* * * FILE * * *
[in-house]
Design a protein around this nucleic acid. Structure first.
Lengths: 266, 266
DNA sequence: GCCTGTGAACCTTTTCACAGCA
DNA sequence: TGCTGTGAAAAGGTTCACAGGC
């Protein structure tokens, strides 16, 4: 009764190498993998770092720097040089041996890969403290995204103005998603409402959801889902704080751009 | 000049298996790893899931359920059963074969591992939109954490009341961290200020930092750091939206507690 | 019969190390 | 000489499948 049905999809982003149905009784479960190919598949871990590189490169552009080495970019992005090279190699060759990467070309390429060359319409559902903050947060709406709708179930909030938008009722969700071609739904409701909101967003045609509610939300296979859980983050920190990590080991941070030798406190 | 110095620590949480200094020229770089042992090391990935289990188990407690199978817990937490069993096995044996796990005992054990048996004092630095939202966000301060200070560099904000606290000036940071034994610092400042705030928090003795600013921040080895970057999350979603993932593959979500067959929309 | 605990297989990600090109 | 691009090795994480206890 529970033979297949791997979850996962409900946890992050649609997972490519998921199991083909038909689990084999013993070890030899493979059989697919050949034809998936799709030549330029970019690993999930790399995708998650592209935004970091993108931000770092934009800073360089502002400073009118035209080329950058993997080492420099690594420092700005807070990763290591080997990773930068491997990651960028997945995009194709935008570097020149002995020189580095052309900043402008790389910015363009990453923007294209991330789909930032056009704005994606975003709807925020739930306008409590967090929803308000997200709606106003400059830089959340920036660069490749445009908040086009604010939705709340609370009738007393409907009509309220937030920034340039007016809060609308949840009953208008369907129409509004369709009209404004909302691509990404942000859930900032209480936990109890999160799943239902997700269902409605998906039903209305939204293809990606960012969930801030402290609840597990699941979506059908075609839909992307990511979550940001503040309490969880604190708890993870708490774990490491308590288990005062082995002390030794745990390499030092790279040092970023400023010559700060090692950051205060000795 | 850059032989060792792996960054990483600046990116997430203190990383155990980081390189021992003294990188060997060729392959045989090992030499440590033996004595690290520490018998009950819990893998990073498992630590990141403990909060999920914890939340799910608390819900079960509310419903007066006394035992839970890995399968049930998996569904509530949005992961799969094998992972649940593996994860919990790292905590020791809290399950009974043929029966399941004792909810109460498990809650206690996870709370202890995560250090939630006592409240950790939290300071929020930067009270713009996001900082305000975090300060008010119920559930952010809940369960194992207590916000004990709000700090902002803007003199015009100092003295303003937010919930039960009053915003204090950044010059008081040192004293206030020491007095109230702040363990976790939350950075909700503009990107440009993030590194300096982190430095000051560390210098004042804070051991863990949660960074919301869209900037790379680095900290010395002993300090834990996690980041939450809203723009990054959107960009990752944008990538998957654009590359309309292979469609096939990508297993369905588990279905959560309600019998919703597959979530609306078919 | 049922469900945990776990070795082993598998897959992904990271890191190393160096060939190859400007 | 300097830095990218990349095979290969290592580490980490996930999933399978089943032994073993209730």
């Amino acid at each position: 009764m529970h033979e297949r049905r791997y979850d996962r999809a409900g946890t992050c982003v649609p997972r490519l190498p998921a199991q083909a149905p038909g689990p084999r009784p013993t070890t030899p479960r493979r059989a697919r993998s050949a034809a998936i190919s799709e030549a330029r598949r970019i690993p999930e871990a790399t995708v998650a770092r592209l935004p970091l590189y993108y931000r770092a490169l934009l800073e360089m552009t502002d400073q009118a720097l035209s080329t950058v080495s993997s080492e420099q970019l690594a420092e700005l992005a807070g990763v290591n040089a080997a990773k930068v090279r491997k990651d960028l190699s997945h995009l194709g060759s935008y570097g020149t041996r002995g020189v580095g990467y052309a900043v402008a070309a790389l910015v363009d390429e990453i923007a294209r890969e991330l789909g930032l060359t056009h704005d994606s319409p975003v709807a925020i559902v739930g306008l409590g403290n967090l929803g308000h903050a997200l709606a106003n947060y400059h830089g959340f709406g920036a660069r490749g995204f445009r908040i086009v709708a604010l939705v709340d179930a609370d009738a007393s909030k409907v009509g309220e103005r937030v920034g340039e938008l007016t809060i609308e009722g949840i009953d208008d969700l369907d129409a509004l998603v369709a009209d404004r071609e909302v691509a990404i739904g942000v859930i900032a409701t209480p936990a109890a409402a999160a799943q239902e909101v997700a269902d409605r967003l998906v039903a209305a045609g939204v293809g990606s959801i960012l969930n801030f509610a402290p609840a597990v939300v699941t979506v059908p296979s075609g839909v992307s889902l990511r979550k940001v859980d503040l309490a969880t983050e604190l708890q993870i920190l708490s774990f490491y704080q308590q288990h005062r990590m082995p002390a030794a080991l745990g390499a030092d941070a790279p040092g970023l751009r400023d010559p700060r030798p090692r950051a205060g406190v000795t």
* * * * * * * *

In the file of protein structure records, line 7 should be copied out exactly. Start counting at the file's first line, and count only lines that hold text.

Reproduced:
């Amino acid at each position: 009764m529970h033979e297949r049905r791997y979850d996962r999809a409900g946890t992050c982003v649609p997972r490519l190498p998921a199991q083909a149905p038909g689990p084999r009784p013993t070890t030899p479960r493979r059989a697919r993998s050949a034809a998936i190919s799709e030549a330029r598949r970019i690993p999930e871990a790399t995708v998650a770092r592209l935004p970091l590189y993108y931000r770092a490169l934009l800073e360089m552009t502002d400073q009118a720097l035209s080329t950058v080495s993997s080492e420099q970019l690594a420092e700005l992005a807070g990763v290591n040089a080997a990773k930068v090279r491997k990651d960028l190699s997945h995009l194709g060759s935008y570097g020149t041996r002995g020189v580095g990467y052309a900043v402008a070309a790389l910015v363009d390429e990453i923007a294209r890969e991330l789909g930032l060359t056009h704005d994606s319409p975003v709807a925020i559902v739930g306008l409590g403290n967090l929803g308000h903050a997200l709606a106003n947060y400059h830089g959340f709406g920036a660069r490749g995204f445009r908040i086009v709708a604010l939705v709340d179930a609370d009738a007393s909030k409907v009509g309220e103005r937030v920034g340039e938008l007016t809060i609308e009722g949840i009953d208008d969700l369907d129409a509004l998603v369709a009209d404004r071609e909302v691509a990404i739904g942000v859930i900032a409701t209480p936990a109890a409402a999160a799943q239902e909101v997700a269902d409605r967003l998906v039903a209305a045609g939204v293809g990606s959801i960012l969930n801030f509610a402290p609840a597990v939300v699941t979506v059908p296979s075609g839909v992307s889902l990511r979550k940001v859980d503040l309490a969880t983050e604190l708890q993870i920190l708490s774990f490491y704080q308590q288990h005062r990590m082995p002390a030794a080991l745990g390499a030092d941070a790279p040092g970023l751009r400023d010559p700060r030798p090692r950051a205060g406190v000795t």